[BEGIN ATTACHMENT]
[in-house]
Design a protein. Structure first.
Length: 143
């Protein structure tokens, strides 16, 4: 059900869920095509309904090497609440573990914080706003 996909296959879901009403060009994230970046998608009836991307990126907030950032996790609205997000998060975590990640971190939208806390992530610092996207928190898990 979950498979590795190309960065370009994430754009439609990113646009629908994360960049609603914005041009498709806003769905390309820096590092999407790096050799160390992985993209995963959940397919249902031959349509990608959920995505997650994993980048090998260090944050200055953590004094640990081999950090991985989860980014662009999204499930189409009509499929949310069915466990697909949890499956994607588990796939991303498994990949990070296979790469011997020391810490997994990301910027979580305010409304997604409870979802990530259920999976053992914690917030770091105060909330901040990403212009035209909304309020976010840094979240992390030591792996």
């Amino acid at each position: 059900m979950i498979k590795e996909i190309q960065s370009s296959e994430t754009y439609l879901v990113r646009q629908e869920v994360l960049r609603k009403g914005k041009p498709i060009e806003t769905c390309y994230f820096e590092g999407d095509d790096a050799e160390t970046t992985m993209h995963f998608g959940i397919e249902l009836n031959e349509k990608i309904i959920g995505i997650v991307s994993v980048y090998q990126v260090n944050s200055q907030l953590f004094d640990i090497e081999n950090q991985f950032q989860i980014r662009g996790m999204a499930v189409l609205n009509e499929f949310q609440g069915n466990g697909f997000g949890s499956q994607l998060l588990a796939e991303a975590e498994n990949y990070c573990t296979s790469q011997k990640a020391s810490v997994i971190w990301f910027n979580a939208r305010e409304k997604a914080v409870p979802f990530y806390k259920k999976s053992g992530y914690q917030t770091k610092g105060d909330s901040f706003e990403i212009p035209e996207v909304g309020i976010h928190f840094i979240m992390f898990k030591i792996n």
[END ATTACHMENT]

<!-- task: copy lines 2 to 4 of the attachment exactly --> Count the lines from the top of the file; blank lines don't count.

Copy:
Design a protein. Structure first.
Length: 143
């Protein structure tokens, strides 16, 4: 059900869920095509309904090497609440573990914080706003 996909296959879901009403060009994230970046998608009836991307990126907030950032996790609205997000998060975590990640971190939208806390992530610092996207928190898990 979950498979590795190309960065370009994430754009439609990113646009629908994360960049609603914005041009498709806003769905390309820096590092999407790096050799160390992985993209995963959940397919249902031959349509990608959920995505997650994993980048090998260090944050200055953590004094640990081999950090991985989860980014662009999204499930189409009509499929949310069915466990697909949890499956994607588990796939991303498994990949990070296979790469011997020391810490997994990301910027979580305010409304997604409870979802990530259920999976053992914690917030770091105060909330901040990403212009035209909304309020976010840094979240992390030591792996």